Recently, the Wall Street Journal reported that pay for CEO’s jumped 11% in 2010, following a year of flat salaries in 2009. As corporations finally start to recover from the Great Recession of 2008-2009, they are rewarding their executives for regaining lost profits and share prices. One executive, Viacom CEO Philippe P. Dauman, almost doubled his pay in 2010 taking home $83.4 million!
Now I think that most of us realize that nonprofit CEO’s and executives probably won’t be doubling the amounts on their pay stubs within one year, but this report does beg the question, are nonprofit executives and staff deserving of salary raises too? Our answer is a wholehearted YES! and here is why:
- Many founding executive directors are so passionate about the mission of their organization that they simply feel selfish taking money from the budget as part of their compensation. However, if you aren’t allowing appropriate compensation for an executive director, particularly a founding one, you are probably just truncating their career with your organization. No one can run on just passion alone, so please, give your executive director a compensation package that allows for time-off, vacations, and well-deserved R&R! This will go a long way in prolonging a nervous break down or unexpected retirement to Tahiti, and happy employees are always more productive employees. So go ahead, take/ give that raise and feel good about it.
- The pay structure of most organizations is top down, where salaries ranges for positions below executive management are determined by the range earned by the executive director or CEO. If your organization’s top salary is only $60k, you probably aren’t giving competitive compensation at any level of the organization, and won’t be able to attract or retain quality talent and human capital. So benchmark your salaries against the industry and increase them over time, at least at a rate concurrent with inflation. Remember that keeping salaries low does not promote social justice values nor does it ensure that the organization is having greater impact. The inability or unwillingness of many nonprofits to invest in their own staff’s development is modeling the wrong behavior for the community and is frequently at odds with an organization’s stated values.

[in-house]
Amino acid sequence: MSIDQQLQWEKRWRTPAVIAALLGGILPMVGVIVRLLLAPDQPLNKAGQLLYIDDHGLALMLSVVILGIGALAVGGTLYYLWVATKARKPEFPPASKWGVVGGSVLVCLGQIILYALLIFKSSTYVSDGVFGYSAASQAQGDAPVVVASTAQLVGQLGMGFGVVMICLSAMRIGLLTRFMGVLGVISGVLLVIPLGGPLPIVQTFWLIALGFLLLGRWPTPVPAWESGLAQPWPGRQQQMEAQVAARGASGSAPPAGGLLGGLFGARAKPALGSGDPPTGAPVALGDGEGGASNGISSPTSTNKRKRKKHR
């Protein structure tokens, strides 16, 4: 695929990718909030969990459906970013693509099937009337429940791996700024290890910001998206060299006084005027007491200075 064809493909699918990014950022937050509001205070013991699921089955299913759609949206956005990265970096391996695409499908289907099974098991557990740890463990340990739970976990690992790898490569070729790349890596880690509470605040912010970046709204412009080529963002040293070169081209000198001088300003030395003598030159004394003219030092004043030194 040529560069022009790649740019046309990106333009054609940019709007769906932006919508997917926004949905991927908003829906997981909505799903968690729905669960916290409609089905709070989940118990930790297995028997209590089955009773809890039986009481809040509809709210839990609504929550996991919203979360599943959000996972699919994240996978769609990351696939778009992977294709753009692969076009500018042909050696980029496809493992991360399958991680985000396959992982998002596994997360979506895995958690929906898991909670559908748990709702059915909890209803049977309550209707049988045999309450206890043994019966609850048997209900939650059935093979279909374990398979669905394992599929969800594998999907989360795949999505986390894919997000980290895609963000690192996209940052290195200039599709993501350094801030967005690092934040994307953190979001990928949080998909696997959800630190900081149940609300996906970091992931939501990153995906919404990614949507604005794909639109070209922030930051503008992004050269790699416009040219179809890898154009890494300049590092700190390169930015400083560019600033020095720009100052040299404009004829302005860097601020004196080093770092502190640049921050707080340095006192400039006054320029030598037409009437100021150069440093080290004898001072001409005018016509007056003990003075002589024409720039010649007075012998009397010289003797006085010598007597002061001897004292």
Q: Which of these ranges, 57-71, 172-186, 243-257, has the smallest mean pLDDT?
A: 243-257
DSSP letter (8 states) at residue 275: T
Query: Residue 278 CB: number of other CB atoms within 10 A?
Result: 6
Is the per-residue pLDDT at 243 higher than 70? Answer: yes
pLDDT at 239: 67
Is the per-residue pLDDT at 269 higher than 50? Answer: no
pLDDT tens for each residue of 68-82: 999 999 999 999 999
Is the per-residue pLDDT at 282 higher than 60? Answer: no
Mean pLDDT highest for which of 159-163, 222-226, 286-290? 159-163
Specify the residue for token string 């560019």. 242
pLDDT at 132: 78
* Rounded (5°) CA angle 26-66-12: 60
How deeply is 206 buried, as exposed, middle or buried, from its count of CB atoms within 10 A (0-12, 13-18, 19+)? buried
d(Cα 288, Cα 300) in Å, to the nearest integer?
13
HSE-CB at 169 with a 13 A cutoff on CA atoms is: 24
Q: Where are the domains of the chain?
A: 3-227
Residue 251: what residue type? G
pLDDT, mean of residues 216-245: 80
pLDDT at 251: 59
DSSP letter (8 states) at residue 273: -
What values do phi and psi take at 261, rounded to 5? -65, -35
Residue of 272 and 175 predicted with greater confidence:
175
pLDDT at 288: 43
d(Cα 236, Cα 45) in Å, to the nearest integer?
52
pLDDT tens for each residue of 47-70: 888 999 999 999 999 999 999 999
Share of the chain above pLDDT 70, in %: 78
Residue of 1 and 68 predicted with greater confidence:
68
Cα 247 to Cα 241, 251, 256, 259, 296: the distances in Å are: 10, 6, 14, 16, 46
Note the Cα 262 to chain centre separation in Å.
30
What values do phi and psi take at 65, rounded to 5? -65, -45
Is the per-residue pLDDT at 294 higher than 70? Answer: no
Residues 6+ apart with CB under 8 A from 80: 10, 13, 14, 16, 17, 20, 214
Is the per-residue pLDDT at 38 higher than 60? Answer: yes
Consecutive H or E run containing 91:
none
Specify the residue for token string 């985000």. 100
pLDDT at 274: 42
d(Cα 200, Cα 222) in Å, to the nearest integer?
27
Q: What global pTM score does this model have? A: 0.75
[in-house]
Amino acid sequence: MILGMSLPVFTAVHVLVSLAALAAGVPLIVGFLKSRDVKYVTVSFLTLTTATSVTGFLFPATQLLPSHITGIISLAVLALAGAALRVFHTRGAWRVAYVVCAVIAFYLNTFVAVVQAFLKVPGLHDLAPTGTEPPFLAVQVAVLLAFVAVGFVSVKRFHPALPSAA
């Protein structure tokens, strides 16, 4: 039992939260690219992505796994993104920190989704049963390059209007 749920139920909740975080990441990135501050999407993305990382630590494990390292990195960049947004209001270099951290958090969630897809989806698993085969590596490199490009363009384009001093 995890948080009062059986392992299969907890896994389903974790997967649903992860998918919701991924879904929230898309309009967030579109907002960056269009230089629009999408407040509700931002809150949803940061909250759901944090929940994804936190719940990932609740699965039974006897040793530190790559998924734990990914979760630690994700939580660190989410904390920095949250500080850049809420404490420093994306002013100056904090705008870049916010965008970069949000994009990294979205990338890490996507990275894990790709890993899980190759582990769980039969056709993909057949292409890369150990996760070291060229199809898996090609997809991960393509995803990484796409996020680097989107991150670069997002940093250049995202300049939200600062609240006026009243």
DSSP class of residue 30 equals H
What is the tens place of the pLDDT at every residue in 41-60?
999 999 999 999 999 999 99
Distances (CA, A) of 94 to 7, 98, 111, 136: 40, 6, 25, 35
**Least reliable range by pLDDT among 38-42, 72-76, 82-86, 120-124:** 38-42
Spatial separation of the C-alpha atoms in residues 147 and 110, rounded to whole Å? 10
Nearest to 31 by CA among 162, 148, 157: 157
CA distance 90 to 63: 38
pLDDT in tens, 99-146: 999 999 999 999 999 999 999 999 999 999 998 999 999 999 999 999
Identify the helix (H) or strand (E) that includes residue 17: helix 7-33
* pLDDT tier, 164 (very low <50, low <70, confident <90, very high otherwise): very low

- We have heard many horror stories around leadership sustainability, but one that can be particularly devastating is one that most people don’t think about salary gaps created by staff members who exit the organization at a range that is well below industry standards. A founder that has been with an organization for 20 years without a raise is slowly increasing the gap between what s/he gets paid, and what it will take to attract a new executive director to take their place. We have seen differences that are double the salary of the exiting directors, which can not only throw off your budget but will throw off the rest of your staff’s pay scales. This scenario could result in a considerable unrealized liability for your entire organization, so don’t play the martyr by denying a raise.
Money is not always the most comfortable topic to talk about, but we feel that this issue of compensation is one that could be a landmine if it doesn’t become normalized within your organization. Of course there are a few incidences of compensation abuses, and those are the ones that get extensive press, but far more common is the tendency to subsidize an organization’s mission through lower pay for its employees. So please, take a good look at how your organization compensates its staff and try to ensure that you are following industry trends. Not only will your current staff thank you, but your potential future staff will demand it.